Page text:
Lewes Guy Fawkes Night Adventure (coach option)
Time & Location
About the event
For most people in the UK, Guy Fawkes Night or Bonfire Night tends to be a fairly miserable affair. A few sparklers, the Catherine Wheel that won’t turn and a modest bonfire. They do things differently in Lewes. Otherwise, a fairly sleepy and well-to-do town, not far from Brighton and dominating the Ouse valley, come ‘the Fifth’ and the place changes from calm to a hive of pyromania and dressing up.
Important: Only 6 places left
Meeting point: We will meet at Clapham Junction Station at the main entrance (the one with Sainsbury's), next to the ticket offices. Look for a balloon with the group logo.
Meeting time: 2:30 pm . The minibus will leave at 14:45
Return: The driver will pick the group up at 0:30 am from
Cliffe Industrial Estate South Street, Lewes BN8 6JL
Please bring some drinks with you (we can get booze there, but there are long queues) and get your party hats on. And of course, don't forget to wrap up warm as it will be quite cold in the evening.
Of course, Guy Fawkes Night is a commemoration of the failed gunpowder plot of 1605. And that event is given added importance because of the 17 protestant martyrs burnt in Lewes during the 16th century.
And under all that is a spirit of subversiveness and independence that serves to show that the people of Lewes ‘wun’t be druv.’
It’s a serious spectacle and the people of Lewes, that make up the six Bonfire Societies, get up to some serious antics.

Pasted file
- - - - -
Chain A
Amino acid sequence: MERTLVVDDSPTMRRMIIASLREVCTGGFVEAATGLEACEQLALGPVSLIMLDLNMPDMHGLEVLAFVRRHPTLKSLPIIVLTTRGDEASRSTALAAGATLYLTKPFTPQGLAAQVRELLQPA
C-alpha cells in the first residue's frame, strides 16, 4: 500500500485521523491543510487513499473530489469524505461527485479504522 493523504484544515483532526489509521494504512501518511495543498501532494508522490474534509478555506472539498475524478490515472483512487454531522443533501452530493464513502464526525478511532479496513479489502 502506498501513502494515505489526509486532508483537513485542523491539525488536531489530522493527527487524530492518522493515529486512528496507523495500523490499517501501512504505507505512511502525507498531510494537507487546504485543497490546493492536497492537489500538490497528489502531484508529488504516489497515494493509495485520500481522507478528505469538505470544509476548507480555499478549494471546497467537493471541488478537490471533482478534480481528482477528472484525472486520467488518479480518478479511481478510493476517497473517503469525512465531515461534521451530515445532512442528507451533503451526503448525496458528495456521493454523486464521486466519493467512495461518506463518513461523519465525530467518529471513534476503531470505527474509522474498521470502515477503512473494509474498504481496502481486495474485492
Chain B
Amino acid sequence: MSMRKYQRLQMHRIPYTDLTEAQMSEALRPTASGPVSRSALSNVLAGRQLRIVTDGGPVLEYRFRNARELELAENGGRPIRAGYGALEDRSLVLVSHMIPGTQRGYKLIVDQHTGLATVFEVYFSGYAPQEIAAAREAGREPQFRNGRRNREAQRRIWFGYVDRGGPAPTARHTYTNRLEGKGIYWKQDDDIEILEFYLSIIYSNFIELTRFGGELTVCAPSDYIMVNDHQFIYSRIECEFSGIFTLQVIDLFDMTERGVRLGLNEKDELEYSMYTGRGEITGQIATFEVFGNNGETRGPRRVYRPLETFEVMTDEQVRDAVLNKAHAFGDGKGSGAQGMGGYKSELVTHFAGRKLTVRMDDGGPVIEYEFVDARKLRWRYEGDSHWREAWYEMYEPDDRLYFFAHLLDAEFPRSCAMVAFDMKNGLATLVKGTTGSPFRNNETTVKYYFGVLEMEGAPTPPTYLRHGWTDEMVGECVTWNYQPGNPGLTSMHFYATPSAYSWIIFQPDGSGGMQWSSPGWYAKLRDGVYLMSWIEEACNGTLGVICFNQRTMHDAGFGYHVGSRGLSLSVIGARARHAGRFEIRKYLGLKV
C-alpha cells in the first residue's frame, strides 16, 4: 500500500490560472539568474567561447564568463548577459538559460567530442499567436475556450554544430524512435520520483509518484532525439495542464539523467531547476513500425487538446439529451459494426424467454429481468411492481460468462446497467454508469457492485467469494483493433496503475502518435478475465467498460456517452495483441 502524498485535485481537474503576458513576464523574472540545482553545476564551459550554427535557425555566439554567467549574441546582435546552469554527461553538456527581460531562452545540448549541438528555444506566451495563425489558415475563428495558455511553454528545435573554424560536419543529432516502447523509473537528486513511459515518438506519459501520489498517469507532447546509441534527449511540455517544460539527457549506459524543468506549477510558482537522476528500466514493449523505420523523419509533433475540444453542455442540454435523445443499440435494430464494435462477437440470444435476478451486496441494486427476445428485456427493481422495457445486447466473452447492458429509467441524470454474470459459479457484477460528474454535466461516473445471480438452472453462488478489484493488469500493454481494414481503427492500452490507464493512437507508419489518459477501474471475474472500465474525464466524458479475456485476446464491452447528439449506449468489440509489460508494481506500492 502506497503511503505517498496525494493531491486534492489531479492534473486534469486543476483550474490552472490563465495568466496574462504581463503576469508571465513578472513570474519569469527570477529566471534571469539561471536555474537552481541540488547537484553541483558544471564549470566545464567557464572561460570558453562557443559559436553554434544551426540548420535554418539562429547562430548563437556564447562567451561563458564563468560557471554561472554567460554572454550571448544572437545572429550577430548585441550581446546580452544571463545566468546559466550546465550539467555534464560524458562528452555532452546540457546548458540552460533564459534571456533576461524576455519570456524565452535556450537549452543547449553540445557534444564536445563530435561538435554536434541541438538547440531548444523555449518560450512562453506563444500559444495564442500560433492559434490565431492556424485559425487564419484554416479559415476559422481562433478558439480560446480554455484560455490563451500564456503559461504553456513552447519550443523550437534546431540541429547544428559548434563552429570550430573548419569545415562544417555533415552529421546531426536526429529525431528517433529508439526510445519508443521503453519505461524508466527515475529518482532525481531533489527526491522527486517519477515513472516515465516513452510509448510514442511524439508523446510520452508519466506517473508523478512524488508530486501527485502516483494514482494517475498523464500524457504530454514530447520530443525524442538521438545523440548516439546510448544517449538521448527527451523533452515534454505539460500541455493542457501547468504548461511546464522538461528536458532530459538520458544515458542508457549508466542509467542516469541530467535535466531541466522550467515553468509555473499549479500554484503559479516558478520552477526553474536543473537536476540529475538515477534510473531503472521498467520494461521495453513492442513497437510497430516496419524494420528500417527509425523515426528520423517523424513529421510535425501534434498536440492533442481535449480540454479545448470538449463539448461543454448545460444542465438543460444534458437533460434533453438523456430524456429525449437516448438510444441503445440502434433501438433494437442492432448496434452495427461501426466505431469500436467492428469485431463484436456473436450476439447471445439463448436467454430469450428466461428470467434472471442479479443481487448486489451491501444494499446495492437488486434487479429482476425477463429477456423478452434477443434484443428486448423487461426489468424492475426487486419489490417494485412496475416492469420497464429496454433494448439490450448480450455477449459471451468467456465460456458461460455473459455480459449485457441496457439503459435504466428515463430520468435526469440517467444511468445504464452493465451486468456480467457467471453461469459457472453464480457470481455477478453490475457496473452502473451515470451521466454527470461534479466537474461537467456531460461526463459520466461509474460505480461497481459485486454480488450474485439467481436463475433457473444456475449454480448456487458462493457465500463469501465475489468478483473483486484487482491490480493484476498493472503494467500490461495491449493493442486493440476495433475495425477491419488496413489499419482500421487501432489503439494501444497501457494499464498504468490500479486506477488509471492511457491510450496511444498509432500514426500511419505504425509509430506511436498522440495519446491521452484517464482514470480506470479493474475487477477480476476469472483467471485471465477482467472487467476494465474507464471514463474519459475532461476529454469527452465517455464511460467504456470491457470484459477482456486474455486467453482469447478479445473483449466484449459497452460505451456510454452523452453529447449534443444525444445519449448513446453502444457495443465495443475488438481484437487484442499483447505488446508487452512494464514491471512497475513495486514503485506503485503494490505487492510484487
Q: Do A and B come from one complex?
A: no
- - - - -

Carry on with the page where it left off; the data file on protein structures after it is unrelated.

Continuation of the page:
Burn the Pope
The celebrations of Bonfire Night have a solid anti-Catholic heritage and in Lewes they take that seriously.
Cliffe Bonfire Society still marches under the No Popery banner and they also burn the Pope. Not the current Pope though, the Pope in 1605 – Paul V.
March with flaming torches through town
It’s not a show or performance. For the Bonfire Societies, it’s an important act of remembrance that’s been going on for centuries.
The centrepiece of the evening is the procession through the town of all the Societies and the laying of wreaths at the war memorial.
Throw a burning tar barrel into the river
A burning tar barrel is dragged through town in the procession and when it arrives at the bridge crossing the River Ouse it’s pitched in with great ceremony.
Health and safety nightmare, yes. But also a pure symbol of independence and reflective of the Pagan rituals of Samhain.
As Vikings, Cavaliers, Smugglers or all sorts. The parade is a riot of elaborate costumes and clothing with many of the get-ups real works of art.
The tradition of dressing up has a serious history: in the past when the November 5th celebrations were suppressed, the Bonfire Boys continued regardless but in disguise.
More information about Lewes Bonfire Night Celebration HERE
Cancellations: Please note that unless the trip is canceled the payments are non-refundable as the costs need to be paid in advance. However, you may be able to sell your place to your friends or other group members